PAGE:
I have a very good friend that I consider a diehard Christian. He is a great friend to me and he and I often have friendly debates about God, Jesus and the Bible. At no time are we ever disrespectful toward one another and it is always a wonderful experience. One of the things I respect about him is he is one of those people who doesn’t just talk the talk, he actually walks the walk. Even though he and I do not agree on the topic of religion, after every debate, we both shake hands and we walk away with a genuine love and respect for each other.
I feel that this type of conversation is so important in our wish to improve conversations between theists and non-theists because it helps bridging a gap that separates us a human beings. Well, my friend came up to me last week and told me he had a paper for me to read. The paper turned out to be six pages! I promised him I would read it but to understand that I will be reading it through the eyes of a skeptic. He did warn me that the paper(s) was written by an apologist and was taken from an apologetic website. This didn’t bother me, I am willing to read anything but that doesn’t mean I will agree with everything I read. After all, I am a skeptic at heart.
So my friend gave me a paper(s) titled Are the Biblical Documents Reliable by Jimmy Williams. You can find the article here if you are interested in reading it, although I will give a quick rundown of what was written as well as my personal comments about the material presented.
Are the Biblical Documents Reliable?
One of the first things I noticed was a section titled Three Errors to Avoid.
- Do not assume inspiration or infallibility of the documents, with the intent of attempting to prove the inspiration or infallibility of the documents (sounds good so far). Do not say the bible is inspired or infallible simply because it claims to be (no complaints so far). This is circular reasoning (Finally some truth from a Christian document).
- When considering the original documents, forget about the present form of your Bible (hell, I’ve been saying this for years) and regard them as the collection of ancient source documents that they are (sounds reasonable, right?).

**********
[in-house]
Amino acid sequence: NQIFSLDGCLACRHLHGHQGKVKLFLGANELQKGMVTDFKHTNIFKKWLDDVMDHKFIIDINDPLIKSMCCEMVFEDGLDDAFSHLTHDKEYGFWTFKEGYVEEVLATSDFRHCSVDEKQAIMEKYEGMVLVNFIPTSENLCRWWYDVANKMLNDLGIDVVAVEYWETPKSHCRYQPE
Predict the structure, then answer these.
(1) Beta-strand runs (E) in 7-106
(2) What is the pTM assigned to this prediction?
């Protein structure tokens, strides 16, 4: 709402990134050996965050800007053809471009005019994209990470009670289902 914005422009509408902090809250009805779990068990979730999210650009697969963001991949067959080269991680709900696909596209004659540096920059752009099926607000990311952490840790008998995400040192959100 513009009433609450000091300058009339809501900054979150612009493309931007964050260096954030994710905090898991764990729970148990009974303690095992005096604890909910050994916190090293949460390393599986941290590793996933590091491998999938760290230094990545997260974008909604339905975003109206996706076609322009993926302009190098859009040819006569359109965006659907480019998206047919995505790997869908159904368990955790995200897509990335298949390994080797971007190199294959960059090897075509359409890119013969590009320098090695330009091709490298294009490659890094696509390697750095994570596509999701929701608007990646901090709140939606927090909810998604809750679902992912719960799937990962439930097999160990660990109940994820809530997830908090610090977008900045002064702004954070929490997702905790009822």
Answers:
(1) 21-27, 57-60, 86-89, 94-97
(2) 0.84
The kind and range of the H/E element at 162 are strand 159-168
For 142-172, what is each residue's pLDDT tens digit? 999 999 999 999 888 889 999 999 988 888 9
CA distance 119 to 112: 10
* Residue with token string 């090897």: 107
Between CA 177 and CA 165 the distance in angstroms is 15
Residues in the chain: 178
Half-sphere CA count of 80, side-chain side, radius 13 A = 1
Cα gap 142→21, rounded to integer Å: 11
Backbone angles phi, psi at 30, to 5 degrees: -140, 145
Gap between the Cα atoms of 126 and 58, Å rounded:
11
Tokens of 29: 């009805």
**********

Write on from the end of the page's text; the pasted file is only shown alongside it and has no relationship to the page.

- Do not start with modern “authorities” and then move to the documents to see if the authorities were right (because they never are). Begin with the documents themselves.
The article then presents a question; “Not having any original copies or scraps of the Bible, can we reconstruct them well enough from the oldest manuscript evidence we do have so they give us a true, undistorted view of actual people, places and events?” This has a simple answer…Hell No! According to the article the scribes were devout Jews who BELIEVED they were dealing with the very word of God. I like that the article used the word believe because they have no way of knowing if it was actually delivered by an invisible sky deity or the ramblings of bronze age sheep herder listening to the voices in his head.
The article then turns to the Dead Sea Scrolls. Apparently the Dead Sea Scrolls consisted of a complete copy of the Book of Isaiah, a fragmented copy of Isaiah and fragments of every book in the Old Testament. As a non-theist, I have no problem with agreeing that something was written down. My problem lies with the lack of evidence to show what was written actually happened.
The article continues, a witness to the New Testament text is sourced in the thousands of quotations found throughout the writings of the church fathers who followed the Apostles and gave leadership to the fledgling church, beginning with Clement of Rome. Once again, my problem with this statement; writings are not evidence! What evidence is provided to show the writings are true besides someone saying they are true? Hmm…None!
The article concludes with the statements “Both the authenticity and the general integrity of the books of the New Testament may be regarded as finally established” and “We have the Word of God”. Wrong!!! What you have is a book filled with hearsay. You are no documented or testable evidence that God actually inspired the writings. You have a book full of opinion. I close this post with the poem in the article.
The Anvil? God’s Word
Last eve I passed beside a blacksmith’s door
And heard the anvil ring the vesper chime:
Then looking in, I saw upon the floor
Old hammers, worn with beating years of time.
“How many anvils have you had,” said I,
“To wear and batter all these hammers so?”
“Just one,” said he, and then, with twinkling eye,
“The anvil wears the hammers out, you know.”
And so, thought I, the anvil of God’s word,
For ages skeptic blows have beat upon;
Yet though the noise of falling blows was heard,
The anvil is unharmed . . . the hammer’s gone.
I couldn’t disagree with the unknown author more. The hammer is not gone, it has gotten bigger, stronger and is multiplying in numbers.